Texas A&M and head coach Jimbo Fisher have been hit with NCAA violations, including one involving recruiting.
The NCAA announced Thursday that the Aggies program, including Fisher, violated rules between January 2018 and February 2019. Via the NCAA’s “negotiated resolution process,” the NCAA, Texas A&M and Fisher agreed that Fisher and an assistant coach “had impermissible recruiting contact with a prospect at his high school.”
“The conversation was impermissible because it occurred before the completion of the prospect’s junior year in high school,” the NCAA said.
The program also violated countable athletic-related activity rules by “unintentionally” causing football players to “exceed activity time limits by approximately seven hours” during spring and summer activities.
The NCAA ruled that Fisher violated its head coach responsibility rules by failing to promote an atmosphere of compliance “because of his personal involvement in the recruiting violation.” Per the NCAA, Fisher also “failed to monitor his staff” when the program exceeded countable hours.
As a result, the NCAA gave Fisher a six-month show-cause penalty. From the NCAA:
The terms of the show-cause order include a previously served nine-day ban on phone calls, emails or texts with prospects in January 2020; a reduction in off-campus recruiting contact days by three for the December 2019 through January 2020 contact period; a ban on all off-campus recruiting activities for the fall 2020 contact period; additional one-on-one rules education; and a public statement from the head coach addressing the violations.
In a statement, Fisher said:
"As Texas A&M's Head Football Coach, I am responsible for promoting and monitoring for NCAA compliance in our program. While I am disappointed in the violations, including an unintended one that resulted from a conversation with a high school athlete, it is still my responsibility to ensure we are adhering to each and every rule. I am pleased to have this matter completely behind our program and look forward to continuing our efforts to make every aspect of our program one all Aggies can continue to be proud of."
Texas A&M hit with Level II violations
The program, along with Fisher and the involved assistant coach — identified by A&M as Jay Graham, now the running backs coach at Tennessee — were all hit with Level II violations that come with an array of penalties in addition to Fisher’s show-cause. Those include:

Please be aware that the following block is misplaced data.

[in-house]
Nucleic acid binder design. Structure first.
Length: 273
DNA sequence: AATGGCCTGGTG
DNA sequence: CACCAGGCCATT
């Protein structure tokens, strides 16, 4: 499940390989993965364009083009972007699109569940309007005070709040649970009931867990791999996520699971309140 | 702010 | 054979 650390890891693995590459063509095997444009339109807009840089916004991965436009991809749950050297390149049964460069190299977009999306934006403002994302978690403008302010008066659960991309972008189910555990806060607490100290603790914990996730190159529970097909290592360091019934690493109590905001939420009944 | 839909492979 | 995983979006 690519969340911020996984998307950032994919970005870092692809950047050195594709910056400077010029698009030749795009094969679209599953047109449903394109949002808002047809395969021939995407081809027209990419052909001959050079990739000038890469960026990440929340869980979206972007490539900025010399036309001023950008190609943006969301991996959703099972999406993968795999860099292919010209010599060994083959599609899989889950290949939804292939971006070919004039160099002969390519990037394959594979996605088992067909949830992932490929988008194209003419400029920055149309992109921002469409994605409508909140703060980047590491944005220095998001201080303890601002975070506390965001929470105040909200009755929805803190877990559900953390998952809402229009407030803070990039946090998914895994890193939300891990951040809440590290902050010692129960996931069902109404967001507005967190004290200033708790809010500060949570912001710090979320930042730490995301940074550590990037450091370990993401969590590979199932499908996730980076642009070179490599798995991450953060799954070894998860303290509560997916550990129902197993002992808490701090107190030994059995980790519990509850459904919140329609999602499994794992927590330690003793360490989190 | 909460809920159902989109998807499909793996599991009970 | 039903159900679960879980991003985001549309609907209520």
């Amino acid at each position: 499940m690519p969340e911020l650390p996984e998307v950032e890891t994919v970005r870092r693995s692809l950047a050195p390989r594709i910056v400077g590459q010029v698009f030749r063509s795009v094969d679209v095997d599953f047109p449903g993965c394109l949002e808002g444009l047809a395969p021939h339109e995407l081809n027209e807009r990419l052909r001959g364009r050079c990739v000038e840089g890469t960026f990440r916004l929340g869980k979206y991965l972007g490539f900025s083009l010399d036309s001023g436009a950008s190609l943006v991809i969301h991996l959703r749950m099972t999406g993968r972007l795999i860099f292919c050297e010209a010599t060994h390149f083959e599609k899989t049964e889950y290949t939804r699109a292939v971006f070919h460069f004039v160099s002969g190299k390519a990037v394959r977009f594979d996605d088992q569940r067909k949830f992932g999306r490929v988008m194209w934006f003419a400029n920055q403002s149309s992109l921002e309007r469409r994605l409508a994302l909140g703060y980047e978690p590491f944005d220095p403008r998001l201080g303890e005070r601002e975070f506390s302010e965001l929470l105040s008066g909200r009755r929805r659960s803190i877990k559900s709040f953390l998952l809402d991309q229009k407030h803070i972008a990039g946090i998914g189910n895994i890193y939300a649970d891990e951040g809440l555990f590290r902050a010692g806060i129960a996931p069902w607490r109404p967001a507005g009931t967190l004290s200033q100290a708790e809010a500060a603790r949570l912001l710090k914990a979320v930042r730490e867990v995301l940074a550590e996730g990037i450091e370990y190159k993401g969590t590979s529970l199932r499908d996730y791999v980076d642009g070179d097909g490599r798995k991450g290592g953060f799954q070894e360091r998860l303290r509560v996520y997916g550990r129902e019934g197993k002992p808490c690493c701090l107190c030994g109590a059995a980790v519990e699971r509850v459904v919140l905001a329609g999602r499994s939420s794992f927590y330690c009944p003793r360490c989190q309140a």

One year of probation from July 2, 2020 to July 1, 2021.
A $5,000 fine.
A reduction of football official visits by 17 days during the 2019-20 academic year.
An off-campus recruiting ban for the entire A&M staff for all of November 2019, which reduces permissible evaluation days by 19 for the 2019-20 academic year.
A seven-day off-campus recruiting ban for the football staff during the spring 2020 recruiting period.
A 10-day off-campus recruiting ban for the football staff during the fall 2020 recruiting period.
A six-month show-cause penalty for Graham.
Additionally, the Aggies were forced to end their pursuit of the involved recruit. The program is barred from recruiting prospects from that recruit’s high school for the “2019-20, 2020-21 and 2021-22 academic years.”
Fisher was hired by Texas A&M in December 2017 and given a 10-year, $75 million contract. He has a 17-9 (9-7 SEC) record through two seasons on the job.
"Since I arrived at Texas A&M, I have seen up close and personal Coach Fisher's commitment to integrity and following the rules. I appreciate his response, including actions taken during the process itself,” Texas A&M athletic director Ross Bjork said. “As a result, the program moves forward and remains on track in both our short and long-term quest for excellence. This will have no impact on our current or future student-athletes, the 2020 post-season, or our pursuit of championship success on and off the field."
The panel that presided over this case noted that the current recruiting landscape in place due to the COVID-19 pandemic could “impact how the remaining recruiting restrictions are implemented.” Texas A&M is encouraged to “report any challenges with penalty implementation” to the NCAA.
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